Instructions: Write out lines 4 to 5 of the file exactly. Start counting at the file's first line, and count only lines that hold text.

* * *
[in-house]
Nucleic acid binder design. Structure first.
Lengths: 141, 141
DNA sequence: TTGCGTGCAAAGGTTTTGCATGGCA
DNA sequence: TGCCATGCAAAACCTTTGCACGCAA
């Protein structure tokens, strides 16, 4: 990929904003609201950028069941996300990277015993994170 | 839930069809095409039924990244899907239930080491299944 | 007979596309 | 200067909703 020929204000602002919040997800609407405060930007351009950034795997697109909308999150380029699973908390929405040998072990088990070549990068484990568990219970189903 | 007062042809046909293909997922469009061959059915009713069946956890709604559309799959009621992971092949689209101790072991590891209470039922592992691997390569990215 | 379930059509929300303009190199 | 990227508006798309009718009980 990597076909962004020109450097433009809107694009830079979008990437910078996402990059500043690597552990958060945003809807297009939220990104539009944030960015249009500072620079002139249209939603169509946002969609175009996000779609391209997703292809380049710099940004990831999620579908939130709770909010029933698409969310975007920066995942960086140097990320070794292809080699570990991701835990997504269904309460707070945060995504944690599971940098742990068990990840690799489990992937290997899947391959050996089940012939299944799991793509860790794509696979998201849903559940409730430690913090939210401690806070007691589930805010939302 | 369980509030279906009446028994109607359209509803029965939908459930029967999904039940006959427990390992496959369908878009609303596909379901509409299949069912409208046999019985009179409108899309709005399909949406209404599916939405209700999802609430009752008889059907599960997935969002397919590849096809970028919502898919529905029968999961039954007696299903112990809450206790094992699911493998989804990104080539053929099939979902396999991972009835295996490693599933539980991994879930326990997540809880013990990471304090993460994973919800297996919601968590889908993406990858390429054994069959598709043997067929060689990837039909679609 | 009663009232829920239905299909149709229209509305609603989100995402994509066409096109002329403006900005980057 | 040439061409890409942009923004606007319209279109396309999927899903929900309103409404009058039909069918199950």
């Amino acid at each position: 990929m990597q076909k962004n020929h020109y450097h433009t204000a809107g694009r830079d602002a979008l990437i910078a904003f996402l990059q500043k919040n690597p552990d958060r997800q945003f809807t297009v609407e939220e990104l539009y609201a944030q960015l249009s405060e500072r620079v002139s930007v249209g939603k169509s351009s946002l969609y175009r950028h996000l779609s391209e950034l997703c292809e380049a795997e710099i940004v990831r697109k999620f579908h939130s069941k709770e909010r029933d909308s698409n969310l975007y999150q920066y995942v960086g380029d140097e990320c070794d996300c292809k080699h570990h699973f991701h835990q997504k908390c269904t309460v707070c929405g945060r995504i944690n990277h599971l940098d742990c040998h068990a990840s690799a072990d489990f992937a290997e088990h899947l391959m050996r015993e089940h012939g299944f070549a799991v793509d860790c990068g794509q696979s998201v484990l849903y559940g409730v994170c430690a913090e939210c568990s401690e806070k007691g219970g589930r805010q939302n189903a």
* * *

DNA sequence: TTGCGTGCAAAGGTTTTGCATGGCA
DNA sequence: TGCCATGCAAAACCTTTGCACGCAA